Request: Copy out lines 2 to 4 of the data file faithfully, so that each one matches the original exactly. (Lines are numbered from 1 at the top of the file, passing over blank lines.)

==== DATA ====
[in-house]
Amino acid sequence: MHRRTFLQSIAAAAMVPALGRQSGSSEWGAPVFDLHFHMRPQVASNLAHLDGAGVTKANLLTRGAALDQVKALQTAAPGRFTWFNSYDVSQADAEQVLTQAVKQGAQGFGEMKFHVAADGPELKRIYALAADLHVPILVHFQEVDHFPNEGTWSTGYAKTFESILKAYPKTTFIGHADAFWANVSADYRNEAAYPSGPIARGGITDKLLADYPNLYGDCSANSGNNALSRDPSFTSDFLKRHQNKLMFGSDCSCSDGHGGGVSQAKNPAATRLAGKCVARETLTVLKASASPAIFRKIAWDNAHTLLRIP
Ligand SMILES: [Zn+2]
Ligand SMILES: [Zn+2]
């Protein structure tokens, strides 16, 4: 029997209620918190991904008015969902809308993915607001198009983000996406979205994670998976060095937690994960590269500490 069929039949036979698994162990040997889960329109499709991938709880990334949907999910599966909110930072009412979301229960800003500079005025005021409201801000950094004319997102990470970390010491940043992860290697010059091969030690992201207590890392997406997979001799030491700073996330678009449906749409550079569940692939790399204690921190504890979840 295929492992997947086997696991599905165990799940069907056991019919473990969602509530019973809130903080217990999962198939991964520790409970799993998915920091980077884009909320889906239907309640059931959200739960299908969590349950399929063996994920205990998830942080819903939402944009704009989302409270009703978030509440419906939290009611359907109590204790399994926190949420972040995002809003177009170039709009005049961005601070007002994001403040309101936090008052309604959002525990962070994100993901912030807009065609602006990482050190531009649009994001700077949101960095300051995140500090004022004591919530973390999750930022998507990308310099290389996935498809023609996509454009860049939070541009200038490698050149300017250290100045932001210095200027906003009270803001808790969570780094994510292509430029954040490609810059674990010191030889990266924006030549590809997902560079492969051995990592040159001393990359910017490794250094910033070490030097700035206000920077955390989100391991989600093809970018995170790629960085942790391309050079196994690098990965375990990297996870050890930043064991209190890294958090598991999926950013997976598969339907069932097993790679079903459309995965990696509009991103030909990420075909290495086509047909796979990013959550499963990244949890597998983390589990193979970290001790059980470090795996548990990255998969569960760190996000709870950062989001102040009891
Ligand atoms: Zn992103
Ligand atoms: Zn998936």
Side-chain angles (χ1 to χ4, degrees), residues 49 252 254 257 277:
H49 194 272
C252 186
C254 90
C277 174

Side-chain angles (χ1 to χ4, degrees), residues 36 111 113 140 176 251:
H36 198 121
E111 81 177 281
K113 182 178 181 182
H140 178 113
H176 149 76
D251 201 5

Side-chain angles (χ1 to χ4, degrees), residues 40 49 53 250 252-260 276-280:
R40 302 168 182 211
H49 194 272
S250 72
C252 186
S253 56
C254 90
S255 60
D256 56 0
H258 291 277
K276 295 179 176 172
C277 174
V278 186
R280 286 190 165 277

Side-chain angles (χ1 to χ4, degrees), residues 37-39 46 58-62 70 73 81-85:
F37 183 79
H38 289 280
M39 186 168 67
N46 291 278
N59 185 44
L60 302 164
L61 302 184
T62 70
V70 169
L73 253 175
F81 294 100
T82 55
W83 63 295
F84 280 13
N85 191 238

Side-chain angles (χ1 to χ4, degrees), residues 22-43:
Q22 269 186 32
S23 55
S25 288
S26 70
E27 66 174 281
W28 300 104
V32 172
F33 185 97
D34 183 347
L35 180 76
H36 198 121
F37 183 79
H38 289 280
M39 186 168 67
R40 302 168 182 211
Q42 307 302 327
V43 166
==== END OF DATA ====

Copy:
Amino acid sequence: MHRRTFLQSIAAAAMVPALGRQSGSSEWGAPVFDLHFHMRPQVASNLAHLDGAGVTKANLLTRGAALDQVKALQTAAPGRFTWFNSYDVSQADAEQVLTQAVKQGAQGFGEMKFHVAADGPELKRIYALAADLHVPILVHFQEVDHFPNEGTWSTGYAKTFESILKAYPKTTFIGHADAFWANVSADYRNEAAYPSGPIARGGITDKLLADYPNLYGDCSANSGNNALSRDPSFTSDFLKRHQNKLMFGSDCSCSDGHGGGVSQAKNPAATRLAGKCVARETLTVLKASASPAIFRKIAWDNAHTLLRIP
Ligand SMILES: [Zn+2]
Ligand SMILES: [Zn+2]